I was reading through this guide by the University of Texas at Austin on thinking and teaching divergently and I came across these reasons as to why divergent thinking is important:
● Opens possibilities of innovative ways to solve more complex problems, overcoming the tendency of many learners to only work within the confines of first impressions or latent assumptions. ● Fosters empathic understanding of difference and appreciation of varying perspectives. ● Builds on learners’ curiosity, encouraging experimentation, risk-taking, perseverance through failure, and self-expression. ● Develops creativity, which is often cited as one of the most in-demand skills by employers. How to Teach: Divergent Thinking
I was considering how this connects to my definition of a divergent teacher in Divergent EDU and I believe that if all of these characteristics can develop from divergent thinking for students, the same could be said for divergent teachers (who then, of course, model the traits for students). I’ve found that defining how something will affect students will many times get buy-in, but ultimately people also want to know how some of those same ideas can drive them forward as well. The definition of divergent teachers that I developed from the psychological definition of divergence is “the ability to recognize our own assumptions, look for limitations and challenge our own thinking in regards to teaching and learning. It’s taking an idea and creating new thinking that will facilitate student learning in new, innovative directions for deeper understanding. It is diverging from the norm, challenging current ideas, looking for a variety of solutions, and being willing to fail and grow” (Divergent EDU, 2018). The practice of the definition and the outcomes for divergent thinking for students are very similar. If we had to reframe the question as, “What can divergent thinking do for teachers?” we might see:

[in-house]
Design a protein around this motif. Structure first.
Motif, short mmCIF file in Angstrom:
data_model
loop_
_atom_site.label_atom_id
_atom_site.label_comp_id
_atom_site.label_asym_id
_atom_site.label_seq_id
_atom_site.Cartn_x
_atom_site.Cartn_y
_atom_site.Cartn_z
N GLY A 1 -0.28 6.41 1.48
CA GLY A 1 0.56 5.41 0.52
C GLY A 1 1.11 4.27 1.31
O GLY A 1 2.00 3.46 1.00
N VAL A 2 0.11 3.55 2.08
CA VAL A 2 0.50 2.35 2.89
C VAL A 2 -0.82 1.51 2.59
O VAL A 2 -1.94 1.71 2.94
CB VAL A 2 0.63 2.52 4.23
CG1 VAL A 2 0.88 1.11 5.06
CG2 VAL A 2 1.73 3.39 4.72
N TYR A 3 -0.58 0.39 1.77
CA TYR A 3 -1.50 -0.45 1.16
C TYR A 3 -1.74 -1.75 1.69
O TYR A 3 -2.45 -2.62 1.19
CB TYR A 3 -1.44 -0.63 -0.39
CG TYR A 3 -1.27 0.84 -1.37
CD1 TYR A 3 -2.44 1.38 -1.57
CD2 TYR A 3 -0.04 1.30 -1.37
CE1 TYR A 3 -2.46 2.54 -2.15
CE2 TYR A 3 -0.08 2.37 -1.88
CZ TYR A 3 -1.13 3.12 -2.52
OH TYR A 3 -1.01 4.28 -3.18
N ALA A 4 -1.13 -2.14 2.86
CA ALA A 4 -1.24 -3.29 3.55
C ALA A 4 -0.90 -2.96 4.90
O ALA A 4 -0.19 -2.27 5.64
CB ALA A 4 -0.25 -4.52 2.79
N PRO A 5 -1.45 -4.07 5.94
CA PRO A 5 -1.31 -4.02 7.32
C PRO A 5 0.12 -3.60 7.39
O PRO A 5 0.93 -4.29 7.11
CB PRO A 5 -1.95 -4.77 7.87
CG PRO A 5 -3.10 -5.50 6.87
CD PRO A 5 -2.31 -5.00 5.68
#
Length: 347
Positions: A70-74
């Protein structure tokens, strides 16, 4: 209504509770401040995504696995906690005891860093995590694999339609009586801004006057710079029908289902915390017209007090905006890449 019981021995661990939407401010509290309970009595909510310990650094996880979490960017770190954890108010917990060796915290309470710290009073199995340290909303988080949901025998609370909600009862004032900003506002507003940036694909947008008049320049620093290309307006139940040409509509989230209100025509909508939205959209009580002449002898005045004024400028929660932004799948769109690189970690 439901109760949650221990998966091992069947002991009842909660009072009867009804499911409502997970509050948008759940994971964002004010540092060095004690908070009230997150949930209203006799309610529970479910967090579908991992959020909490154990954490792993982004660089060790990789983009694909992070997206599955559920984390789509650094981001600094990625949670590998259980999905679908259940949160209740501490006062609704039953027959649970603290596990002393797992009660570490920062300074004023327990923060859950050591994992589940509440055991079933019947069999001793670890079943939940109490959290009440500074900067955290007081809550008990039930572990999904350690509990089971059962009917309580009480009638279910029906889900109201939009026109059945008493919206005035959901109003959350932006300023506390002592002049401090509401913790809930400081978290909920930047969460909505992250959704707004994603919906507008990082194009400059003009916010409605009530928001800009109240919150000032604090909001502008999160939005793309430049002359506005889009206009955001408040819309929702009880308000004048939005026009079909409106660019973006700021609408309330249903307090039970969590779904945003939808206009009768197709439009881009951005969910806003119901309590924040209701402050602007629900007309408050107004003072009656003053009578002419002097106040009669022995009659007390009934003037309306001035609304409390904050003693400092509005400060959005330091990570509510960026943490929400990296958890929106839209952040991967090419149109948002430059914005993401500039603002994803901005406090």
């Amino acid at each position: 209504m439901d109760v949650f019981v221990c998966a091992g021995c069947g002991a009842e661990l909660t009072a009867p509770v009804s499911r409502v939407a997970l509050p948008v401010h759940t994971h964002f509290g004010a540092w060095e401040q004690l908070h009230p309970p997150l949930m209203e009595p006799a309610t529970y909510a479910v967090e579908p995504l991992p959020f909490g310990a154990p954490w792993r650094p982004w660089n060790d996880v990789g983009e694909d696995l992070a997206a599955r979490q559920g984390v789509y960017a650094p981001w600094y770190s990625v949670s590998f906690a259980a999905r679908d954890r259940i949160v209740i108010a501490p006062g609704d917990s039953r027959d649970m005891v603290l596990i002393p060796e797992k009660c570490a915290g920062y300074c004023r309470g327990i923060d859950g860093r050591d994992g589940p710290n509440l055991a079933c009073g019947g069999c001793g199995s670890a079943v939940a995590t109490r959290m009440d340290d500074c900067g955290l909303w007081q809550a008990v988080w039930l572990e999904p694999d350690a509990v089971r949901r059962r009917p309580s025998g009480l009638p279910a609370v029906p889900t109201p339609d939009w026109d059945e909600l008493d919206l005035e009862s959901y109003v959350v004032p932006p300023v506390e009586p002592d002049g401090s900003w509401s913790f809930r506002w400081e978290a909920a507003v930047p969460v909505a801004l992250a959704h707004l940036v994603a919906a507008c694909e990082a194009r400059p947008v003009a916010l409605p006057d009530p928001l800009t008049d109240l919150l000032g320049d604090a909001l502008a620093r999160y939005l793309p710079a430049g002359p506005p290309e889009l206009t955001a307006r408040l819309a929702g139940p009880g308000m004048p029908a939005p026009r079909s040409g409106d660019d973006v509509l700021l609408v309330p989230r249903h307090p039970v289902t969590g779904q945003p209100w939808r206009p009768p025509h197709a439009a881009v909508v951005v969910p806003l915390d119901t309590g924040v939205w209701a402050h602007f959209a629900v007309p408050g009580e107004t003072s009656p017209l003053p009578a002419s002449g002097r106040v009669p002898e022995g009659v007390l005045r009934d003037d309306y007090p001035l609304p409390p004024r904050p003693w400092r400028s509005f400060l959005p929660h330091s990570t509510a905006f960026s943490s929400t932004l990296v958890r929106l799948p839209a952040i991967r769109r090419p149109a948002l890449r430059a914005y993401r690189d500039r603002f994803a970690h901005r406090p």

Opens possibilities of innovative ways to solve more complex teaching challenges, overcoming the tendency of educators to only work within the perceived confines of district initiatives, first impressions, a fixed mindset or generalized assumptions.
Fosters empathic understanding of differences, varying opinions, and an openness and appreciation of varying perspectives, cultures, and backgrounds.
Builds on educators’ curiosity about both their content and the learning of their students, encouraging branching out in lessons, risk-taking, perseverance through failure, and a heightened awareness of how their own passions and interests drive their teaching and professional learning.
Develops creativity, which has sometimes been diminished by the implementation of canned curriculum and compliance measures.
But moreover, if these aren’t a reason to buy into how divergent teaching and thinking can support your teaching, recently I was moderating a panel on this exact topic (find it here). One of my dear friends and panelists, Rachelle Dene Poth, cited divergent teaching as one of the reasons she was reinvigorated in the classroom and engaged in her profession. In turn, her students were happier, learning, and more engaged in the classroom. This correlation makes sense. When teachers are more curious about their own content and how their students are learning, when they challenge their own assumptions and biases in favor of exploring, when they model taking calculated risks, failing, and adjusting their course, they become more excited about their own journeys and their students follow suit ultimately creating a more enriched learning experience for both the teacher and their students.